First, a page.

John Hughes, class of 1826, fourth bishop (1838) and first archbishop of New York (1850-1864), born in County Tyrone Ireland (1797), immigrated in 1817.
A gardener and mason, Hughes was employed the 10th of November, 1819, by Fr. John DuBois (founder of Mount Saint Mary's in 1808 and third bishop of New York (1826-1838) "Receiving as compensation, board, lodging and private instruction." Until the fall of 1820, when he moved into the two-story log house on the terrace (built 1809), John Hughes lodged in this cabin. To make room for the Chapel of the Immaculate Conception, it was moved in 1907 south of McSweeny Hall (the seminary building).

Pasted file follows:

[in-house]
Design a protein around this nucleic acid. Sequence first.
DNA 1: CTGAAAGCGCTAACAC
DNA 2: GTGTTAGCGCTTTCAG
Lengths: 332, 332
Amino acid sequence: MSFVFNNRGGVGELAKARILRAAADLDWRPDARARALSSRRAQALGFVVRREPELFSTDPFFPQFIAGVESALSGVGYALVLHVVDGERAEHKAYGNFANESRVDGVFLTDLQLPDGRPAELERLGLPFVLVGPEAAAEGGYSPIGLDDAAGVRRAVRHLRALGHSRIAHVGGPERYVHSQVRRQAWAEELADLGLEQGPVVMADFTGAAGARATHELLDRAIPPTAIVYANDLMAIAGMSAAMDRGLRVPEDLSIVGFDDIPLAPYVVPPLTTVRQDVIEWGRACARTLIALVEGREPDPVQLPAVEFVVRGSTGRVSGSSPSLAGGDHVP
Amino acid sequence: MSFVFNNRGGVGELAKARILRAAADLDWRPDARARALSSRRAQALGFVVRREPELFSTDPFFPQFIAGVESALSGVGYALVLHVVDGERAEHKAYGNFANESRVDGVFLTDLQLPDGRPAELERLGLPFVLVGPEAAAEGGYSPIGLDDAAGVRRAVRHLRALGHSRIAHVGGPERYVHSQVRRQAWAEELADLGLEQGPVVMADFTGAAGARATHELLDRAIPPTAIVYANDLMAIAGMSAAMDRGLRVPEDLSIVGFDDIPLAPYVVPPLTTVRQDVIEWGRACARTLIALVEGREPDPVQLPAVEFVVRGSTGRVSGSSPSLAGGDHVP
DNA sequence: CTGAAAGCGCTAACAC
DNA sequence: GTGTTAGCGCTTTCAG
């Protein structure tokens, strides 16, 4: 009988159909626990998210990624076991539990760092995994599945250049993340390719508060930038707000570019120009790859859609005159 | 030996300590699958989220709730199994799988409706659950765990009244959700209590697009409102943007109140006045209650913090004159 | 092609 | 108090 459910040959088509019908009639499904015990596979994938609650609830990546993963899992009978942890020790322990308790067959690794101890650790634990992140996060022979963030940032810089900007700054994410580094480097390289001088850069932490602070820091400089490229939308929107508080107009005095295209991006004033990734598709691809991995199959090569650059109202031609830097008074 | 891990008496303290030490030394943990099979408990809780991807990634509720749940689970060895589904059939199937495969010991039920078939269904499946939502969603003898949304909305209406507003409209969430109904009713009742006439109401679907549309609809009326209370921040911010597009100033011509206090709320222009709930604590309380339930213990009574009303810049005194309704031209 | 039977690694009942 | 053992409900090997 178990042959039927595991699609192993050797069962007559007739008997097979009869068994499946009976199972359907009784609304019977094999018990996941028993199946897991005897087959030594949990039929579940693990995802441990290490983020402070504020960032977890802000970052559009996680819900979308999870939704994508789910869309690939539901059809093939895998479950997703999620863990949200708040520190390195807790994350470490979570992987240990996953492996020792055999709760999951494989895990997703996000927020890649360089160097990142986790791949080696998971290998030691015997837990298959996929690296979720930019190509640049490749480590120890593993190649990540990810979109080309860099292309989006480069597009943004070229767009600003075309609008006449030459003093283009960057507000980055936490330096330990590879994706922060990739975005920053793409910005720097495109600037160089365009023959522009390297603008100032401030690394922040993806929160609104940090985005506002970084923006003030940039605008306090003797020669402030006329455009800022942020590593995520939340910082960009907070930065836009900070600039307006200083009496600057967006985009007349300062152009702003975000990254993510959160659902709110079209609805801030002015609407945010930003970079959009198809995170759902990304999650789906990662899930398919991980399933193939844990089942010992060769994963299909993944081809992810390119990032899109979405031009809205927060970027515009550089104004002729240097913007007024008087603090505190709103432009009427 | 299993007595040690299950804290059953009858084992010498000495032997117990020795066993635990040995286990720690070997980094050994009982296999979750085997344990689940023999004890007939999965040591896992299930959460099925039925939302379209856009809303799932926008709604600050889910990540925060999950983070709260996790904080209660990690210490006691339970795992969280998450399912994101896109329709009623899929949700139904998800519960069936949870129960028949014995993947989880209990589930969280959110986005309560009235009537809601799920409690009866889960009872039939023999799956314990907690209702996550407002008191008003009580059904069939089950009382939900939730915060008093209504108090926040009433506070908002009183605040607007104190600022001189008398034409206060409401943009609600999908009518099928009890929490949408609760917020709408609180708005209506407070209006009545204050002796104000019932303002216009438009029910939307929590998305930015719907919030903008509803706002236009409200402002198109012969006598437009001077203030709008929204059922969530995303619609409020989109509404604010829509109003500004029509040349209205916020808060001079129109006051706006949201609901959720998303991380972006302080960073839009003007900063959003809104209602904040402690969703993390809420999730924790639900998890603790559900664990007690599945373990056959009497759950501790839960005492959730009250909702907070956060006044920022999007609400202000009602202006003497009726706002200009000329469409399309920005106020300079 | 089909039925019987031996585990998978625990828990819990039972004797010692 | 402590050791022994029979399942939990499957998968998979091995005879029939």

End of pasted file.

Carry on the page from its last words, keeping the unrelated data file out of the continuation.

Hughes was noted as a scholar, a protagonist of the church, a force against trusteeism, and a supporter of catholic education. During the Civil War, Abraham Lincoln sent Hughes to Europe to further the Northern cause.
Hughes founded both St. Joseph's seminary in Troy (forerunner of St. Joseph's Seminary, Dunwoodie, Yonkers, New York) and St. John's College, Fordham (subsequently Fordham University). He planned and began (1858) St. Patrick's Cathedral in New York.
To commemorate the 175th year of Mount Saint Mary's College and Seminary, John Hughes' cabin was sited here, December, 1982.